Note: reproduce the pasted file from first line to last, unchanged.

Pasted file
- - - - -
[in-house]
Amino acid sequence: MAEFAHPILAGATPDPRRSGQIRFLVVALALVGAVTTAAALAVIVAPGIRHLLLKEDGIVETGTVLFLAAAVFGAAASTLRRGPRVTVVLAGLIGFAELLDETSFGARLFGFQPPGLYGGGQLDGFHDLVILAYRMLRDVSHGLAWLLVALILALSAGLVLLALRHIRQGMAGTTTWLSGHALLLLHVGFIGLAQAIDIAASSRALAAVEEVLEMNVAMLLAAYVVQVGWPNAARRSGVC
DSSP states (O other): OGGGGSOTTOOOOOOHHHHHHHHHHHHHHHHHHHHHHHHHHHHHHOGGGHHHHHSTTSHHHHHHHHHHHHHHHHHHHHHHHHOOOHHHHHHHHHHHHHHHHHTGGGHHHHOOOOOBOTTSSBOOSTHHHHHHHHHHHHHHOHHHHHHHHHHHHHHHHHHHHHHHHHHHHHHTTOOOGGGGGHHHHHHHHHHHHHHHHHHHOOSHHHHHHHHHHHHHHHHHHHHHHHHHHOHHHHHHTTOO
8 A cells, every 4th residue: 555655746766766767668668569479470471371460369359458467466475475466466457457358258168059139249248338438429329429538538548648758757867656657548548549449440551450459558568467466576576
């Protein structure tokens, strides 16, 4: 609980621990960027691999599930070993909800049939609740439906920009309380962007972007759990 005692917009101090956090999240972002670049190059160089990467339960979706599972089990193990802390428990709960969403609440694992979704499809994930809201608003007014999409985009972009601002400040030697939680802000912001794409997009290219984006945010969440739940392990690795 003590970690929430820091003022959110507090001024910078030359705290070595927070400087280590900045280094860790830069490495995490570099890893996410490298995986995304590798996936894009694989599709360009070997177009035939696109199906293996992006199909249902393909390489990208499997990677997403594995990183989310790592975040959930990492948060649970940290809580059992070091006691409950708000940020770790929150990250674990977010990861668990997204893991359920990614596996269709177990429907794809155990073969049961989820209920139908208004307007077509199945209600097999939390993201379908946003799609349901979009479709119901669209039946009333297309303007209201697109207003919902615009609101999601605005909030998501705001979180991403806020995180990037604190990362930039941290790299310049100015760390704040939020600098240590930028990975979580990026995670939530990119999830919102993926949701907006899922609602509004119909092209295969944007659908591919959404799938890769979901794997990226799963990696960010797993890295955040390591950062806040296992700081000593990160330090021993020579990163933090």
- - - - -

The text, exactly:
[in-house]
Amino acid sequence: MAEFAHPILAGATPDPRRSGQIRFLVVALALVGAVTTAAALAVIVAPGIRHLLLKEDGIVETGTVLFLAAAVFGAAASTLRRGPRVTVVLAGLIGFAELLDETSFGARLFGFQPPGLYGGGQLDGFHDLVILAYRMLRDVSHGLAWLLVALILALSAGLVLLALRHIRQGMAGTTTWLSGHALLLLHVGFIGLAQAIDIAASSRALAAVEEVLEMNVAMLLAAYVVQVGWPNAARRSGVC
DSSP states (O other): OGGGGSOTTOOOOOOHHHHHHHHHHHHHHHHHHHHHHHHHHHHHHOGGGHHHHHSTTSHHHHHHHHHHHHHHHHHHHHHHHHOOOHHHHHHHHHHHHHHHHHTGGGHHHHOOOOOBOTTSSBOOSTHHHHHHHHHHHHHHOHHHHHHHHHHHHHHHHHHHHHHHHHHHHHHTTOOOGGGGGHHHHHHHHHHHHHHHHHHHOOSHHHHHHHHHHHHHHHHHHHHHHHHHHOHHHHHHTTOO
8 A cells, every 4th residue: 555655746766766767668668569479470471371460369359458467466475475466466457457358258168059139249248338438429329429538538548648758757867656657548548549449440551450459558568467466576576
């Protein structure tokens, strides 16, 4: 609980621990960027691999599930070993909800049939609740439906920009309380962007972007759990 005692917009101090956090999240972002670049190059160089990467339960979706599972089990193990802390428990709960969403609440694992979704499809994930809201608003007014999409985009972009601002400040030697939680802000912001794409997009290219984006945010969440739940392990690795 003590970690929430820091003022959110507090001024910078030359705290070595927070400087280590900045280094860790830069490495995490570099890893996410490298995986995304590798996936894009694989599709360009070997177009035939696109199906293996992006199909249902393909390489990208499997990677997403594995990183989310790592975040959930990492948060649970940290809580059992070091006691409950708000940020770790929150990250674990977010990861668990997204893991359920990614596996269709177990429907794809155990073969049961989820209920139908208004307007077509199945209600097999939390993201379908946003799609349901979009479709119901669209039946009333297309303007209201697109207003919902615009609101999601605005909030998501705001979180991403806020995180990037604190990362930039941290790299310049100015760390704040939020600098240590930028990975979580990026995670939530990119999830919102993926949701907006899922609602509004119909092209295969944007659908591919959404799938890769979901794997990226799963990696960010797993890295955040390591950062806040296992700081000593990160330090021993020579990163933090």